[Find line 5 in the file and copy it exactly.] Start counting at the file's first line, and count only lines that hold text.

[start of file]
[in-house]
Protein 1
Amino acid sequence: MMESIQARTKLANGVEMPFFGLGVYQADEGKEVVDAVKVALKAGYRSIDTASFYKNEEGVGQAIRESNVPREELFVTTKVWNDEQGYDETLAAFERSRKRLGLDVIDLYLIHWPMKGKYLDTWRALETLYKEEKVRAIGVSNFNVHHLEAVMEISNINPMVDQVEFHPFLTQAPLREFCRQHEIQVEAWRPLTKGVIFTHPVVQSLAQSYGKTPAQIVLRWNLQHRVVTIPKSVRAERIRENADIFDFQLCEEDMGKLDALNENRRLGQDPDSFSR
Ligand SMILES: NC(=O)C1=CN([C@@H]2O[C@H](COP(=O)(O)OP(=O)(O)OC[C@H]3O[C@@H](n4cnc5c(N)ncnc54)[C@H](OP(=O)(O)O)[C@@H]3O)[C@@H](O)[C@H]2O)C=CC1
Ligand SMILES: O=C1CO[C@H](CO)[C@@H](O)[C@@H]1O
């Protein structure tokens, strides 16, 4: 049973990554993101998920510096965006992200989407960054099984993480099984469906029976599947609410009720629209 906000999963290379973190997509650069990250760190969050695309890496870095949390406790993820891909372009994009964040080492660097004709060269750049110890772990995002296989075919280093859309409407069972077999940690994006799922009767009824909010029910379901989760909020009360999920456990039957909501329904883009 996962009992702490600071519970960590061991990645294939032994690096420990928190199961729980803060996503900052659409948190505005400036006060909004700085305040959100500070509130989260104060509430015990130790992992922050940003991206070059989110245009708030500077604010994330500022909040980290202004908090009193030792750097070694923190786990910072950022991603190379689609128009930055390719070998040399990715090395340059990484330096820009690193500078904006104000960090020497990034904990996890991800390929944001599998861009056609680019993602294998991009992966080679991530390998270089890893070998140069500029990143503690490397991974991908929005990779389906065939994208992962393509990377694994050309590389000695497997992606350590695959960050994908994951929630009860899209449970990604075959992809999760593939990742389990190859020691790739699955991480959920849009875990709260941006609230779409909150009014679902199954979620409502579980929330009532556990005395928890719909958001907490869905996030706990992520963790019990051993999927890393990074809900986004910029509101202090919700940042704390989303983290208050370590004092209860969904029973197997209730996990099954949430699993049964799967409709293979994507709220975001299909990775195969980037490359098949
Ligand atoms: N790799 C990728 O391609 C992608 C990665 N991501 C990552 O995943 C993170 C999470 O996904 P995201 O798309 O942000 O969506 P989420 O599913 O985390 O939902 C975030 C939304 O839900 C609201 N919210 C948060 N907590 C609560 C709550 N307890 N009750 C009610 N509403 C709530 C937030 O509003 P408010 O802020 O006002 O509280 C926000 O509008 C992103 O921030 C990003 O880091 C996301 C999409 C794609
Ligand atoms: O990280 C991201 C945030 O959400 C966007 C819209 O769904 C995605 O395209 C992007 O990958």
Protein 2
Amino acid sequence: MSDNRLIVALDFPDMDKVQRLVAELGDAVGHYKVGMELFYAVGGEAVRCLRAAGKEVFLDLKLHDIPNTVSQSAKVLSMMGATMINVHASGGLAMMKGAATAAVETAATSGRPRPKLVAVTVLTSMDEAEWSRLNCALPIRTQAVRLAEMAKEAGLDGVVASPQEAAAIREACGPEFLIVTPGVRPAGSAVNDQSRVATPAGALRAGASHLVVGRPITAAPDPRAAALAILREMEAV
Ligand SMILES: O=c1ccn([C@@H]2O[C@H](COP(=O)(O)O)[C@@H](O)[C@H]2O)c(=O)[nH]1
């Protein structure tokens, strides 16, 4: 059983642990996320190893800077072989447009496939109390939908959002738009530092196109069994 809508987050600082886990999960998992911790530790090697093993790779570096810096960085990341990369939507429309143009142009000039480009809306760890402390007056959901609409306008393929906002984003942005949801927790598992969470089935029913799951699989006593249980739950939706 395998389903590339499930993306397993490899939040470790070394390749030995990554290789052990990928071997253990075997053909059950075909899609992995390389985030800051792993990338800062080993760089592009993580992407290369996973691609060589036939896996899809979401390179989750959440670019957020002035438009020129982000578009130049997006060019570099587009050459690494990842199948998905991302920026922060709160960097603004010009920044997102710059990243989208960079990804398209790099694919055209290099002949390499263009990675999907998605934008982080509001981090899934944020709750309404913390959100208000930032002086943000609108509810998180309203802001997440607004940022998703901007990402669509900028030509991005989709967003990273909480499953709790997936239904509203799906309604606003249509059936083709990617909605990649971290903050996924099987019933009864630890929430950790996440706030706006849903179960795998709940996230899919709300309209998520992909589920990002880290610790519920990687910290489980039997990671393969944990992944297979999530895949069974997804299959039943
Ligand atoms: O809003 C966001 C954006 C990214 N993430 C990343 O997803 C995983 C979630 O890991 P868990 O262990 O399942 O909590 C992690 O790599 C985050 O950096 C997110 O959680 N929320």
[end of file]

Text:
Ligand SMILES: O=C1CO[C@H](CO)[C@@H](O)[C@@H]1O